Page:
OnWords: "-ish"

Jun 2, 2015


A friend and colleague of mine challenged me to comment on the suffix “ish,” and I must admit a certain fondness for the subject.

As current and former students of mine know, I’m prone to giving out grades like “B plus-ish.” I don’t grade papers this way in order to confuse or annoy, but to represent the inherent subjectivity of the grading process and the inability of the grading scale to really represent the complexity of written work.

Thus, if you get a B plus-ish from me, the idea is to look at the comments, not the grade.

Bruce Berrien flickr Creative Commons

As a budding curmudgeon, I’m bothered by the proliferation of the word “perfect,” notably among those in the service industry, to describe, well, darn near everything.

I suppose it feels good for wait-staff to compliment my choice of the nicoise salad by saying “perfect,” but honestly, no matter how good my taste or how good the salad, there’s probably nothing perfect about the situation.

I just made a simple choice; next time it might be the Caesar, or maybe the slaw.

Karen Murphy, flickr Creative Commons

Hillary Clinton has recently come under fire for trying to protect her privacy as Secretary of State by using a private email account.

We associate the word privacy with an important American value, as represented by the 4th Amendment of the Constitution.

BagoGames, flickr Creative Commons

Inspired by an excellent piece by KMUW commentator Sanda Moore Coleman, I’ve decided to look deeper into a subject close to my heart: satire.

Satire necessarily involves elements of the thing being satirized. Good satire comes from the sort of anger and contempt brought up by both knowing a thing intimately and being deeply disappointed in it.

Swift’s satire skewered the very Anglo-Irish who, as a clergyman, would have been considered his spiritual constituents.

European Commission DG ECHO

My work in the mental health field has brought me into contact with a lot of disease. I mean this not just in the sense of diagnosis, but also in the sense of dis-ease: those things that put us ill at ease.

The proliferation of new disease categories, such as generalized anxiety disorder, with the publication of the new Diagnostic and Statistical Manual is actually quite controversial within the field. But it points to an uncomfortable idea: disease, rather than referring to something out there in the world, is actually a social construct.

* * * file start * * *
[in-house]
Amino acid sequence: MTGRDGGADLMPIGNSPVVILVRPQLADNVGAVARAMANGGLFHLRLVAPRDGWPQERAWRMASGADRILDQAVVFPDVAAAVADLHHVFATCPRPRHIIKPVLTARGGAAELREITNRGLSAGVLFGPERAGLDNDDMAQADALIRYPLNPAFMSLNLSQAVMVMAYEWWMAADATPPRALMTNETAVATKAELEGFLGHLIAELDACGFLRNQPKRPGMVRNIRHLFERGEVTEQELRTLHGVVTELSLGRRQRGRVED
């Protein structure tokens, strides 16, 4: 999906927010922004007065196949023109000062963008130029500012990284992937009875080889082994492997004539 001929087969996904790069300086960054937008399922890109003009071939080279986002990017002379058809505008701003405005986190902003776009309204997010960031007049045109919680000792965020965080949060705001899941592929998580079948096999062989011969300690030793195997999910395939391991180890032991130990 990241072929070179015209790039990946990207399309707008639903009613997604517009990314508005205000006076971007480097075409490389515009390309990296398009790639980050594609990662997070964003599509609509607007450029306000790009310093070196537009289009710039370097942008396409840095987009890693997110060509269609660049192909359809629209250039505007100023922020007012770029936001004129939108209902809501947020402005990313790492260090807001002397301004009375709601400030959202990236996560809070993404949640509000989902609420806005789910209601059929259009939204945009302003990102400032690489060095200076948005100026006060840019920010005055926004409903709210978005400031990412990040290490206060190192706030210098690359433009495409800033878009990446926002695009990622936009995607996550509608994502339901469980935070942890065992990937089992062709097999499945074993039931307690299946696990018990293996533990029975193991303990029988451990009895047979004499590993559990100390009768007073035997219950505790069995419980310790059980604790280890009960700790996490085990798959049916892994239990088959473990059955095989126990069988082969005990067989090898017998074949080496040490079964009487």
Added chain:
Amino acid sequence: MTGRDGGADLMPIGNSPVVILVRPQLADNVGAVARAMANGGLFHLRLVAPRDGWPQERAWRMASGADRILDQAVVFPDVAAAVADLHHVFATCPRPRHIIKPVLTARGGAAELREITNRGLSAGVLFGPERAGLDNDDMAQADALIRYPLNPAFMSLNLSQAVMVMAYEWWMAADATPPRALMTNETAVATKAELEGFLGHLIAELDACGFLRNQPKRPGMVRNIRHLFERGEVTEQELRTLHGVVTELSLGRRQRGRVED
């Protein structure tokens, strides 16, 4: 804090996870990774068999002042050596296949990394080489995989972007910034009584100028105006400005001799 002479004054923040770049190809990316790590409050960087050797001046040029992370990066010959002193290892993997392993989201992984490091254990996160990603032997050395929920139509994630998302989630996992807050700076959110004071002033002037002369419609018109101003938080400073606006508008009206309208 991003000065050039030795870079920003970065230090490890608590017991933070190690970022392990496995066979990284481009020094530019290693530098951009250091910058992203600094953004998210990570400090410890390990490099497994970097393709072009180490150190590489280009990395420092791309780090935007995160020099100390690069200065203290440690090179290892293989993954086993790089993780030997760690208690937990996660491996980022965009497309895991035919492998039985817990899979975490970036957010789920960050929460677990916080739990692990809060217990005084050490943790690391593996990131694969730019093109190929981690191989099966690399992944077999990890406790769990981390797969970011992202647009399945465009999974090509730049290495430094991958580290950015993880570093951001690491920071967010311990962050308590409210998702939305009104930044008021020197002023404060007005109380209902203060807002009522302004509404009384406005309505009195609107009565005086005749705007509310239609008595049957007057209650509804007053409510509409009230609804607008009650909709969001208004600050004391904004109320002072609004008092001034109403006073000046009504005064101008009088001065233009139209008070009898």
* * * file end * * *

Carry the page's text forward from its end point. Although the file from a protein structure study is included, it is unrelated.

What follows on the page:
Joel Kramer, flickr Creative Commons

Since when was “a thing,” you know, a thing?

The phrase “a thing” has recently come to mean something not just real but relevant to the lives of certain people—probably not us. It is usually uttered at the discovery of this new, well, thing. This usage is not just another form of shorthand. It’s also an indication of how little we actually know about other people’s lives.

Enokson, flickr Creative Commons

A post-holiday conversation with a co-worker led to an exploration of the origin of the phrase “get back in the swing of things.”

We speculated that perhaps the phrase originated with golf, or maybe with work involving the swing of an ax.

More formal research proved all but fruitless, but it did reveal something interesting: a lot of people, mostly non-native English speakers, are interested in the meaning of the phrase “get back in the swing of things.”

The Hunting of the Snark, Lewis Carroll
Henry Holiday / Wikimedia Commons

One particular form of irony that deserves special attention is snark--the cutting sort of sarcasm common to virtual spaces from Facebook to Reddit and back again.

We may at one time have attributed the urge to be snarky to good, old-fashioned wit. History tells us that the insults thrown around in society gatherings in the drawing rooms and at the dinner tables of the elite were just as sharp as today's snark, though they may have been more clever.

OnWords: Hey You Guys!

Feb 10, 2015

I have been challenged by several people to comment on the use of the word “guys” as a general form of address. The main complaint goes something like this: “What if we're not all guys, guys?”

And I get it: the use of a gendered generalization when a non-gendered one would be more appropriate rubs against some hard-won principles. But “guys” is such a trite word that it seems like an unworthy target.

After all, the title sequence of The Electric Company on PBS opened with a woman yelling, “Hey you guuuuys!” And that was over 40 years ago.

Office Space / 20th Century Fox

Purists can’t stand the use of the word “office” as a verb, as in a major NPR underwriter using the tag line “the smart way to office.”

On one hand, I don’t blame them. This sort of what we might call “verbing” stinks of all the absurdities promoted by management culture with its disdain for, if not contempt of, regular language and plain speech. But looking a bit deeper, “to office” hints at the way work has changed over the past 50 years.